33 Managing Iterative Development Using Scrum 33 Why Scrum Works…For Me  It’s fairly easy to convert a Sprint Backlog in to a Microsoft Project “plan”  Despite the cost of Microsoft Project licenses, upper management seem to like “charts”  Sprint Backlogs and Burndown Charts are early warning indicators  Lack of progress, very visible  Not enough work or work too easy, very visible  Assumes that everybody is committed to keeping the Sprint Backlog up to date

34 Managing Iterative Development Using Scrum 34 Why Scrum Works…For Me  I’ve had some buy in to “stand up” meetings, but not enough: we don’t practice them right now  Perhaps because Scrum expects late-comers to pay a nominal £1, $1, or €1 fine!  Here’s another reason why I think some folks have objected to them:

35 Managing Iterative Development Using Scrum 35 Agenda  Motivation  Setting the Scene  What is Scrum?  Scrum’s Artifacts  Why Scrum Works…For Me (Adopting Scrum)  Summary

36 Managing Iterative Development Using Scrum 36 Summary  Keep asking these questions:  What is the simplest thing that can move the project forward?  Does what I am doing right now move the project forward at all?  Are there any impediments that are preventing progress?  “Don’t procrastinate, do something, no matter how small…” – Ken Schwaber, Vienna, April 2004

37 Managing Iterative Development Using Scrum 37 Summary  Keep the team small and tight:  Avoid folks with Teflon TM shoulders – “hangers on”  On a recent project, our core team comprised of:  1 * business expert, with authority  1 * IT expert, with internal Time & Expense experience  1 * consultant with specific MIS implementation experience  2 * business analysts  Any larger and decisions become committee-driven:  They won’t be made in a timely fashion  Sadly, this project became committee-driven 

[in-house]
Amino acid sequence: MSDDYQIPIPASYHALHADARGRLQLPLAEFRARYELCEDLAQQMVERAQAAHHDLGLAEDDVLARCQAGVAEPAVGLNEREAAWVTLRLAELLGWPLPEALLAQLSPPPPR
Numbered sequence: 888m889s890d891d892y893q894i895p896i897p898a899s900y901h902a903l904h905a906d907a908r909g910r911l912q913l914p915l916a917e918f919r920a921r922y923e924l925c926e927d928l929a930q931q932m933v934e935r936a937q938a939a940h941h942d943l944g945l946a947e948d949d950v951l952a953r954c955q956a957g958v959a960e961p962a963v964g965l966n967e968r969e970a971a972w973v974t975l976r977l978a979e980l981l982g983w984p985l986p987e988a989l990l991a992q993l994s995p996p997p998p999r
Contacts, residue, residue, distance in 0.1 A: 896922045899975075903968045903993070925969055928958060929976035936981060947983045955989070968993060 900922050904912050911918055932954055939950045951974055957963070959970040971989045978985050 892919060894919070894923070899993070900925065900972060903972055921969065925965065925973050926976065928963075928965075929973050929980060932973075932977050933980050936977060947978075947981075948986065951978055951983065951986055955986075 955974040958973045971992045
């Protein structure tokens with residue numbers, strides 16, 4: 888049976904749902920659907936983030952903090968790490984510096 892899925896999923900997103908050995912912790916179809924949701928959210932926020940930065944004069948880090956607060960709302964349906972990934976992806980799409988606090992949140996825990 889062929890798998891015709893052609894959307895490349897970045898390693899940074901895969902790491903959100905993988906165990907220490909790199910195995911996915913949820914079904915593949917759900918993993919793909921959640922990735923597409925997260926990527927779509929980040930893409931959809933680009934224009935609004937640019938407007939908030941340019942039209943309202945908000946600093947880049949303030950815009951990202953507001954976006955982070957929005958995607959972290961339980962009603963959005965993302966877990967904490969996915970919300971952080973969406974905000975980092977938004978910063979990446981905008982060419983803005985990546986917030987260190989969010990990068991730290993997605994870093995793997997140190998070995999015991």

38 Managing Iterative Development Using Scrum 38 Summary Simple Complicated Anarchy Complex Close to Certainty Far from Certainty Technology Close to Agreement Far from Agreement Requirements Source: Strategic Management and Organizational Dynamics by Ralph Stacey in Agile Software Development with Scrum by Ken Schwaber and Mike Beedle.

39 Managing Iterative Development Using Scrum 39 Resources (Books) Agile Project Management with Scrum Ken Schwaber Microsoft Press, 2004 ISBN X ________________________________ Agile Software Development with Scrum Ken Schwaber, Mike Beedle Prentice Hall, 2002 ISBN

40 Managing Iterative Development Using Scrum 40 Resources (web-sites)  Scrum: It’s About Common Sense   Pay your £1, $1, €1 late-comer fee via this site!    Home of Mike Cohn’s “User Stories”  Methods & Tools - Articles  Improving Application Quality Using Test-Driven Development  Adaptive Project Management Using Scrum

41 Managing Iterative Development Using Scrum 41 Contact and Update Information Craig Murphy Updated slides, notes and source code:

42 Managing Iterative Development Using Scrum 42 Questions?